What is it about certain holidays that makes you crazy? Is it the turkey you can barely lift? Lip-puckering cranberry sauce? The expectation that everything needs to be Martha Stewart perfect? Perhaps the pressure that this is your one-turkey-a-year chance to prove to family and friends that you are, indeed, perfect, is just overwhelming. A little planning can give you enough time to catch some of the football game and still enjoy the meal.
I have opted for a cruise this year, so I won’t be fussing over a turkey. If you are hosting the holiday this year, here are some tips for a stress free holiday in 10 easy steps:
1. Reflect. You may be hosting this holiday for the first time or the fortieth time. Either way, think about what you have done in the past that has been really great (sweet potato brulee, perhaps), as well as those things that may have not been such a big hit (Cousin Sylvia’s now-infamous pilgrim reenactment, for example). Think about what new traditions or foods you would like to try (maybe this is the year a BBQ Thanksgiving catches on).
2.Decide on a menu and make a list. Now is the time to factor in (or rule out) those creative recipes.
3. Delegate. If Aunt Mary is always bragging about how great her stuffing is (and how “not your strength” yours is), let her bring it. Likewise, assign dishes to various friends and family according to their strengths and desires. This way, the food is good, you have less work and you just saved several sweat-filled hours and a few dollars.
4. Recycle. OK, so you have been meaning to get rid of those pumpkins from Halloween, but they are still in your house. Don’t fret. Instead use them for centerpieces and to decorate the buffet table. (You just saved 2 hours and some cash by not ordering flowers). Be sure to get rid of the pumpkins after Thanksgiving to make way for Christmas or Hanukkah decorations.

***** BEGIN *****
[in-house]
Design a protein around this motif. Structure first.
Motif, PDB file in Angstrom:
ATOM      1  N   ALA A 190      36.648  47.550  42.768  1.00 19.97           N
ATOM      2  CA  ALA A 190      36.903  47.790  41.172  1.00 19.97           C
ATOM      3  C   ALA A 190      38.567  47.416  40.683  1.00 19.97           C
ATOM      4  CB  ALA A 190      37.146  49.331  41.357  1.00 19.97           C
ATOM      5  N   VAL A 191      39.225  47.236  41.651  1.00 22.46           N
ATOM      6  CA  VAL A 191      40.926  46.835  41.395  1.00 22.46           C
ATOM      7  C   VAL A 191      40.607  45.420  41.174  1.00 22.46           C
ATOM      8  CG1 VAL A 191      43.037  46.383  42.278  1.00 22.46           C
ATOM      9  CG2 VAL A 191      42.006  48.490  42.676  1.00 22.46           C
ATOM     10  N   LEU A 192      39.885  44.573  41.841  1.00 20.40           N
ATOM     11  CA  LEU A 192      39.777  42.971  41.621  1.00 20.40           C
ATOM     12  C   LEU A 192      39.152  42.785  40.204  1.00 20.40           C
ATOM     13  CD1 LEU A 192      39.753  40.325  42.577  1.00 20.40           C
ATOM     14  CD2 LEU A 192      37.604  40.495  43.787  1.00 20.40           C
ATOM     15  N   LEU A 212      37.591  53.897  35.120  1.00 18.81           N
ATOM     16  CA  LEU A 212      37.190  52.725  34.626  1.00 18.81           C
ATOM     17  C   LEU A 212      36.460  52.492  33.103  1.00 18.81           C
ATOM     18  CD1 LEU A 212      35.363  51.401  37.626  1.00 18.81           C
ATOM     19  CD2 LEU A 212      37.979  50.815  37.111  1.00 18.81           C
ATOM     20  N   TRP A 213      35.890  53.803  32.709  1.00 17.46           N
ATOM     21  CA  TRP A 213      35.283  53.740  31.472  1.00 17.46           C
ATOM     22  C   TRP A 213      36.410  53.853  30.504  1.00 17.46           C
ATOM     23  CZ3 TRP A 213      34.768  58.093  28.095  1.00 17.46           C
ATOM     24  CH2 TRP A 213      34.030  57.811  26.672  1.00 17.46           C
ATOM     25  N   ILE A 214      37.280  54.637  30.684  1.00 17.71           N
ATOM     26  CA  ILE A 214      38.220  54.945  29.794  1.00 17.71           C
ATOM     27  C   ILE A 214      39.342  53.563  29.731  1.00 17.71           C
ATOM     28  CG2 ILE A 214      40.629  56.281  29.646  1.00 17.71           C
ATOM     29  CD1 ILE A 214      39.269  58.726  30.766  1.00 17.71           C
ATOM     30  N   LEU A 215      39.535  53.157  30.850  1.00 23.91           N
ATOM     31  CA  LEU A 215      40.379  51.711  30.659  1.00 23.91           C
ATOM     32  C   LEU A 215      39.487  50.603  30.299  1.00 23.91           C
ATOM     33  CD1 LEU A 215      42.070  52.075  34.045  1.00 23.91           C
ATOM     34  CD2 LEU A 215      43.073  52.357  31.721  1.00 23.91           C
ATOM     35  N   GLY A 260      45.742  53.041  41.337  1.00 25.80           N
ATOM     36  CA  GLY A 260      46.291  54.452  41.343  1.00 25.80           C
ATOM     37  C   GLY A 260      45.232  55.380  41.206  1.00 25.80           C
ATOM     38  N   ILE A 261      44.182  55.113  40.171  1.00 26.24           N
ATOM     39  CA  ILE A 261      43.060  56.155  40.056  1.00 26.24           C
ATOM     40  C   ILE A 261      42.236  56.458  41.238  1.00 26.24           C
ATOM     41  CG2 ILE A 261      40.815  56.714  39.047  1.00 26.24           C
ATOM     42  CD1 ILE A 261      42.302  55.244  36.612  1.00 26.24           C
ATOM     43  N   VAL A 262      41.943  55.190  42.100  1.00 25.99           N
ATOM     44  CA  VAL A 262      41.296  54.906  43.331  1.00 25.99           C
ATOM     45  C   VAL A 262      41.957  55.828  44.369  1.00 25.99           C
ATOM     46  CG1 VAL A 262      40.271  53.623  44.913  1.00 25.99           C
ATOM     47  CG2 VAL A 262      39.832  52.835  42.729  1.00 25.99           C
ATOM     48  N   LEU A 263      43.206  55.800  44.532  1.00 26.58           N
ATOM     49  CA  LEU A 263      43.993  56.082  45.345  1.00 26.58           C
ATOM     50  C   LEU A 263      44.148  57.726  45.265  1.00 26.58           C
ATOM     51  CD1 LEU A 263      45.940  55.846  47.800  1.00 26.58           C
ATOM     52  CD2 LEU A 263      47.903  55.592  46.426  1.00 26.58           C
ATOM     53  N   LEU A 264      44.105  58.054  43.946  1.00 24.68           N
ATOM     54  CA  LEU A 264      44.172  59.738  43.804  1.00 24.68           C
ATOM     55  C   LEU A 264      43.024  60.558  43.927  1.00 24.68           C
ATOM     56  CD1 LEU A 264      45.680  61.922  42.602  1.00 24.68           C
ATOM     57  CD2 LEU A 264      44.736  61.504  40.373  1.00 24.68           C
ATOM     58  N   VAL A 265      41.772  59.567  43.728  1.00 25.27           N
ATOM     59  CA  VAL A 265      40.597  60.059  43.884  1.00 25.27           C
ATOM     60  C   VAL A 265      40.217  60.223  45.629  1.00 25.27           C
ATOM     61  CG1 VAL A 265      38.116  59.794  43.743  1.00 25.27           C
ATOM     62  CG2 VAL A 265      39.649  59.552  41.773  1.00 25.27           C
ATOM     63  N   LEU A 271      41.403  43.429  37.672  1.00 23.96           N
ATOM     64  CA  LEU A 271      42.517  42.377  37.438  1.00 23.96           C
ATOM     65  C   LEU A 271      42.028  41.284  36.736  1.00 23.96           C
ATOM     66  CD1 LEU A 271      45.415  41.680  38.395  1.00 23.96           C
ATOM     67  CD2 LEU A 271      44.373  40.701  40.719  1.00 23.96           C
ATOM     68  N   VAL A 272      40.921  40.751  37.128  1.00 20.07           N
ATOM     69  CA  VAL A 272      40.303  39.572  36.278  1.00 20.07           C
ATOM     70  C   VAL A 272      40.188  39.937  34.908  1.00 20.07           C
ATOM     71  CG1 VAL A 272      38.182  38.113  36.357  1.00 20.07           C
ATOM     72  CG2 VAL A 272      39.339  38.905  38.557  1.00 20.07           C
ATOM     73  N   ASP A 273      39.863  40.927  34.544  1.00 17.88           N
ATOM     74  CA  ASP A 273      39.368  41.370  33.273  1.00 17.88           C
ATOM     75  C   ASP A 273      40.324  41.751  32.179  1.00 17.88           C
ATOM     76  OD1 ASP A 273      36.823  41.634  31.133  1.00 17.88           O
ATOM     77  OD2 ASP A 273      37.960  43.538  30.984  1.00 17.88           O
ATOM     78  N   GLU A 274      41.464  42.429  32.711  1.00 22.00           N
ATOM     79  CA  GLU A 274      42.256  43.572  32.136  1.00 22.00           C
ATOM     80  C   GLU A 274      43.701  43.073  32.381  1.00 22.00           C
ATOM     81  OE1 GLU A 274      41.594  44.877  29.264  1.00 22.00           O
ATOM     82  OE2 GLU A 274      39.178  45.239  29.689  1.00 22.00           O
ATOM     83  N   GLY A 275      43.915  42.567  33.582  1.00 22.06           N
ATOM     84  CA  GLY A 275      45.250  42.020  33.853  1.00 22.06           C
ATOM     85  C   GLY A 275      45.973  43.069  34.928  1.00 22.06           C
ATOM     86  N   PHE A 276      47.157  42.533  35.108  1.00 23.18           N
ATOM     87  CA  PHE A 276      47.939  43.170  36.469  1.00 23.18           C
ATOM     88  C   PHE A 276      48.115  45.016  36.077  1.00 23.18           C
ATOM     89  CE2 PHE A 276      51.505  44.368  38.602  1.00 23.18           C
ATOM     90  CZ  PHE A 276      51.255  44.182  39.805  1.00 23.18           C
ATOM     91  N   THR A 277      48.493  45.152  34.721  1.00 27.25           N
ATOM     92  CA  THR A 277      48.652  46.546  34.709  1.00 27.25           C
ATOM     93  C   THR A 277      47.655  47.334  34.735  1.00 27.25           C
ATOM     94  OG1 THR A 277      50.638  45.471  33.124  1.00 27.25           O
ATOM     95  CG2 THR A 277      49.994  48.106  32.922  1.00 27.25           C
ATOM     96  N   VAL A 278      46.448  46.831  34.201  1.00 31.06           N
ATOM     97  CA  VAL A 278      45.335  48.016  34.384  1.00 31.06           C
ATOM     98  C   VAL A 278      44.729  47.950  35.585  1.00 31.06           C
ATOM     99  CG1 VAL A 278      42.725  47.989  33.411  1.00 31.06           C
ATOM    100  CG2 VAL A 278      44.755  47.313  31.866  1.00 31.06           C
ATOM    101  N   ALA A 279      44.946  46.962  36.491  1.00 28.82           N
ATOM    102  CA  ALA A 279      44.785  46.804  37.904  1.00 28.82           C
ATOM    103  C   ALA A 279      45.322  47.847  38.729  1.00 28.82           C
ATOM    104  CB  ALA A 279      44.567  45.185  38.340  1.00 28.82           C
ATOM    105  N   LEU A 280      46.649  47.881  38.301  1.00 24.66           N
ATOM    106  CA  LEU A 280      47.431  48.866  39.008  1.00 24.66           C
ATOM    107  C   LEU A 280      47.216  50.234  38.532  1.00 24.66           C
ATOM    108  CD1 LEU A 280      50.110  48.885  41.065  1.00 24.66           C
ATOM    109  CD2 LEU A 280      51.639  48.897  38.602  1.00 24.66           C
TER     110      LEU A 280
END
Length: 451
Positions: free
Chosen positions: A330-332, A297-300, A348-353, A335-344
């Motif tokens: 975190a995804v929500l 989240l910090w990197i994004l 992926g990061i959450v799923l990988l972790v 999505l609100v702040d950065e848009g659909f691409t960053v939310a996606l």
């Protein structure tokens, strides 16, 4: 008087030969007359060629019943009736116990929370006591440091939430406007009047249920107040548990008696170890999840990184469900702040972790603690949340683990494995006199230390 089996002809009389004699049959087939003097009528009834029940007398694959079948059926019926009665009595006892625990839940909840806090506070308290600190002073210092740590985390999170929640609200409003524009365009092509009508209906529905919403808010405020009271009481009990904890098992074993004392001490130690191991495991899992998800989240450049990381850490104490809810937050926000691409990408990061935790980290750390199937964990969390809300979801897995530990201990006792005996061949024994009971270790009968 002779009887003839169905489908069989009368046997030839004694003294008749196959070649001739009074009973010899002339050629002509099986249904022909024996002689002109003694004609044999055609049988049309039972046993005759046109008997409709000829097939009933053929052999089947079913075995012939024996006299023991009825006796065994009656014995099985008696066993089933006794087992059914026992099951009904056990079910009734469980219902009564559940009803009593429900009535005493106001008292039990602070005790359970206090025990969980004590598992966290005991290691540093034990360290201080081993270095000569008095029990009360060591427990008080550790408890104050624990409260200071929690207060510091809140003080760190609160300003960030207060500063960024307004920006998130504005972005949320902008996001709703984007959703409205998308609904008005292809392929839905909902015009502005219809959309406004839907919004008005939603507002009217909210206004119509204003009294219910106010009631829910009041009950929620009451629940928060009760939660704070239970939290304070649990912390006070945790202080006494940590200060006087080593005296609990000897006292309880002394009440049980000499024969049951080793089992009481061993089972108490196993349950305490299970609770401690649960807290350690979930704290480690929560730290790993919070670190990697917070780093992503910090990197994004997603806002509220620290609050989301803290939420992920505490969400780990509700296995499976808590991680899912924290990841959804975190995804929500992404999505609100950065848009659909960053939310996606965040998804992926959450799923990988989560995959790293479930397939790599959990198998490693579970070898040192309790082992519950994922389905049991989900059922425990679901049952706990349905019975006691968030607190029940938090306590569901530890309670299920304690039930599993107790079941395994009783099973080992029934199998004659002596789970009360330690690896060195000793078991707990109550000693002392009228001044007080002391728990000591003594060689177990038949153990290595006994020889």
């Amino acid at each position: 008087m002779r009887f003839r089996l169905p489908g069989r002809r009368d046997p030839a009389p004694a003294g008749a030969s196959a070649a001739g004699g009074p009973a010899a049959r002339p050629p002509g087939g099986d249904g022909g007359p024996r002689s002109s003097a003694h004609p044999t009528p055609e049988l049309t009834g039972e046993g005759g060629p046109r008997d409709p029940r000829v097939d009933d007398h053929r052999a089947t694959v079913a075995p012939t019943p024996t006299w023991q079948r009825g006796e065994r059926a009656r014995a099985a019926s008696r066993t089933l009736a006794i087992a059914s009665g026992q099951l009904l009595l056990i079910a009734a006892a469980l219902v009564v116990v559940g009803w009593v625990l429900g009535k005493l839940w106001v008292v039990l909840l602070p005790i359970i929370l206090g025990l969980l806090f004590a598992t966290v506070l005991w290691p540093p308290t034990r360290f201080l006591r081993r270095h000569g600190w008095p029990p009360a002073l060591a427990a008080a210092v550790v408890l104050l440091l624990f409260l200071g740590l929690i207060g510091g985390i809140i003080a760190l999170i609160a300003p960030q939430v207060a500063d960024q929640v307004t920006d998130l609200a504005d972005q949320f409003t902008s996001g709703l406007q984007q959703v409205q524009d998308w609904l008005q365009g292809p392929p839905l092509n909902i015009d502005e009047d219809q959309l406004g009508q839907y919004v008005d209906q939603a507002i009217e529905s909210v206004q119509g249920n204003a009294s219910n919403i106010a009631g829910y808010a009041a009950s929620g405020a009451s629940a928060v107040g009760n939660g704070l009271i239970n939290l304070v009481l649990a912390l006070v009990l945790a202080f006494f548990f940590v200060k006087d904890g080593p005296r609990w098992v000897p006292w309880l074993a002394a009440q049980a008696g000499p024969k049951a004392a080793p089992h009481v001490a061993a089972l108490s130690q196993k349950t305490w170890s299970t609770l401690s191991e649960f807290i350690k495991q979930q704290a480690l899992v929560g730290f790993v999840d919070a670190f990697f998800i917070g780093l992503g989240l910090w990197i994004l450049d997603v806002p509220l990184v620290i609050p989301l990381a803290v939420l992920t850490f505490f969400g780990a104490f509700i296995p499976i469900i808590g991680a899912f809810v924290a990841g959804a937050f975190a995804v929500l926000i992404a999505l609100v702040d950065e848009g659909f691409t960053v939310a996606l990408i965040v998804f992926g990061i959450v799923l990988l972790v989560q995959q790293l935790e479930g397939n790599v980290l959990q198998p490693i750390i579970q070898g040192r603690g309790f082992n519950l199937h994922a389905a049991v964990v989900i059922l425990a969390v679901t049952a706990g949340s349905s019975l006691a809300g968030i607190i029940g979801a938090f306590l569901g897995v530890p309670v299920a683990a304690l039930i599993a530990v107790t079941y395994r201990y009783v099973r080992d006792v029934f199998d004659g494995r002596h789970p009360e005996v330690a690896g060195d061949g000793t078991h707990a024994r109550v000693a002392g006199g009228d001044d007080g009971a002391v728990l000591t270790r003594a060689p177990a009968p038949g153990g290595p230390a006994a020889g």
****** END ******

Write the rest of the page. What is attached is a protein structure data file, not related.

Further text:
5. Assess the current situation. (Grab a notepad and pen for this one.) How many people are coming? What has each person or family committed to bringing? Do you have enough dishes (or paper goods) for everyone that is coming? This includes wine glasses, if needed, as well as items like soup bowls, silverware and napkins. Don’t forget to make sure you have enough seating for everyone.
6. Create your shopping list. Now that you have narrowed down the items you are making, you can create your shopping list. Don’t forget to add to the list those items you may need to borrow (like chairs, if you don’t have enough). Sort your list into different sections (grocery store, items to borrow, specialty store or party supply store) so that it is easy to find the items you need in one trip.
7. Eat, Drink and Be Merry. You have already assigned the food items to others, now it is time to ensure the Drink and Be Merry parts of the holiday come together. Pick a variety of beverages suited to your crowd. If it is a wine drinking group and you don’t know merlot from Malbec, just stop in to your local wine store (yet another section on your shopping list) and let them know what you will be serving.
OK, so you now feel prepared for the big day, right? There are still a few things left to do before your guests arrive.
8. Concentrate your efforts to get the house ready. Assign duties to the whole family – the kids can help set the table, one person can make the turkey, one can be in charge of beverages. Make sure that your table is set and serving dishes are out and cleaned early in the day. When your guests arrive, you can simply take their dish and put it in the proper serving piece, and offer them a beverage.
9. Relax. If you have a well-organized plan, there is no reason for you not to have a few hours to spend relaxing with your family before the guests arrive.
10. Enjoy the time with friends and family. When your favorite cousin laments never getting to see you and suggests getting together in the next few weeks, get out your calendar right then and there and make a plan. Don’t put it off, or it may be next Thanksgiving before you see them again.
With a little preparation, a bit of organization and a dash or creativity, this Thanksgiving is a recipe for success.